Guided visualization to soothe pain involves minimizing, distancing or numbing the pain sensation. You can imagine the warm oil being poured over tight muscles, for example, or ice freezing out burning sensations. The secret to success with any visualization technique is practice and repetition – it becomes more effective the more you do it.

A Picture Is Worth 1000 Words: Express Yourself Using Art Therapy

Envisioning pain can also go past physical sensations into describing how the pain impacts your life. If I were going to draw a picture of my fibromyalgia, it would be like a cage. I often feel trapped within limitations of what I’m able to do for the pain flares, and I have to stop.

Chronic pain can feel like an alarm that is always blaring – like trying to work through a fire drill. I would probably use colors like bread and orange or grey and black to describe The “feel” of pain.

Not surprisingly, exercises that get you to draw your pain/health condition are also helpful to relieve stress.

“Expressing oneself through [art] makes our thoughts, feelings, and ideas tangible and communicates what we sometimes cannot see through words alone,” according to Psychology Today. Creative expression is quite healing, even if it’s limited to abstract doodles or colorings. Drawings and collages can also picture positive images that evoke well-being.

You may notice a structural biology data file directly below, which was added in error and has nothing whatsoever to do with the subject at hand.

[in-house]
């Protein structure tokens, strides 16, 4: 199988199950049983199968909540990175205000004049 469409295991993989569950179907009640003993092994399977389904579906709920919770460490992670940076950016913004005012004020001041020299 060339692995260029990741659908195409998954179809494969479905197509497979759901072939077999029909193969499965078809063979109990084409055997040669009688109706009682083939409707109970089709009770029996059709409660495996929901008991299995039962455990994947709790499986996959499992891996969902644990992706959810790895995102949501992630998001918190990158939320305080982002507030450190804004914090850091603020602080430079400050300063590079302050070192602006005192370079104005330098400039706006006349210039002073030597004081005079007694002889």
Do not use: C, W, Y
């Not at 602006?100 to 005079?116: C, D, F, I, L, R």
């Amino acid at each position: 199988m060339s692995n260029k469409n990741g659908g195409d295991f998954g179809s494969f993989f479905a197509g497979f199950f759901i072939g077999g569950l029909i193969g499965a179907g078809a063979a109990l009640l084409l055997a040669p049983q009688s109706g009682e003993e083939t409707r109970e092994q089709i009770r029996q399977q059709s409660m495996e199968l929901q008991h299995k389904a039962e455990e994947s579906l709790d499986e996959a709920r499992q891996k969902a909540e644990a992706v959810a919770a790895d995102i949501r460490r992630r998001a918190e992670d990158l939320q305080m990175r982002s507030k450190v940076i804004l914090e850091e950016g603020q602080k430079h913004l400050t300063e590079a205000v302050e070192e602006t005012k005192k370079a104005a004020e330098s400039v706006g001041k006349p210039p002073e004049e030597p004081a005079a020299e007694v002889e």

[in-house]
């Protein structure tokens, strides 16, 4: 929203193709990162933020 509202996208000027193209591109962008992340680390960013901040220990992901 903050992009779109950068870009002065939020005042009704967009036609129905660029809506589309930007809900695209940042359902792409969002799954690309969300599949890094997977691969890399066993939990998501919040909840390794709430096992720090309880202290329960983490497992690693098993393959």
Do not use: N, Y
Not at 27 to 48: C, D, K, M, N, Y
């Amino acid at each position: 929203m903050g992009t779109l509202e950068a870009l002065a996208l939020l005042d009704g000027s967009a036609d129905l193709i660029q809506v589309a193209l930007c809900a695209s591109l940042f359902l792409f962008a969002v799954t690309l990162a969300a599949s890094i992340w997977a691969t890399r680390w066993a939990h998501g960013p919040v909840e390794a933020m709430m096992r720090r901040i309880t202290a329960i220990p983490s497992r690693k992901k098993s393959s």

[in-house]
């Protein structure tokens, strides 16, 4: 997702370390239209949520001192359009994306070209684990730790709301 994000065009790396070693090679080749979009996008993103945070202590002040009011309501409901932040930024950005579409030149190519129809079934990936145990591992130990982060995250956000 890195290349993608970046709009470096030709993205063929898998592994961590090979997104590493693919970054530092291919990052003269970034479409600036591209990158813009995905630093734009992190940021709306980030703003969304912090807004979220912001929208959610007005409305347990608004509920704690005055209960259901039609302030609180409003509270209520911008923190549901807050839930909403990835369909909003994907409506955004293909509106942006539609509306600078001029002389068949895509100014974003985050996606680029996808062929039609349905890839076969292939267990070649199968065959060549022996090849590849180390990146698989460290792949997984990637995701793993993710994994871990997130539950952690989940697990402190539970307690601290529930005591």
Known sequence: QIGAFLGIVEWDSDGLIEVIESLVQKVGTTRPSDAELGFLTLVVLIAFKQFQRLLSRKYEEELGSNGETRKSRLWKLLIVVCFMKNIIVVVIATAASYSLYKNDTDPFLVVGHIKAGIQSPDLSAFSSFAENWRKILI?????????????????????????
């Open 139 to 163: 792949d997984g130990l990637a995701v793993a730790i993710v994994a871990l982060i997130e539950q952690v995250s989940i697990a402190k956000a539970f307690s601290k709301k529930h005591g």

What is a visual metaphor for your pain? If you had to draw an image of your chronic pain condition, what would it look like?

Resources

Psychology Today (Picture Of Health: An Art Therapy Guide)

Arthritis (Guided Imagery For Arthritis)

Calgary Neuropathy Association (Visualization And Pain Management For Neuropathy)

Brain (G. D. Schott: Pictures Of Pain And Their Contribution To The Neuroscience Of Empathy)

Katarina ZulakKatarina Zulak

Katarina Zulak is an ePatient blogger and health writer. Six years ago she was diagnosed with fibromyalgia. On her blog, she writes about learning to be skillfully well, even when living with a chronic condition. Katarina lives in Toronto, Canada with her husband and their cat Lily.

Sep 24, 2018
print this
Up next:
A Lack of Understanding

Coping With a Lack of Understanding

One of the biggest problems people with chronic pain face,is the lack of understanding that society has towards this condition.
29 found this helpfulby Ali Esfahani on February 11, 2015
Advertisement
Click here to see comments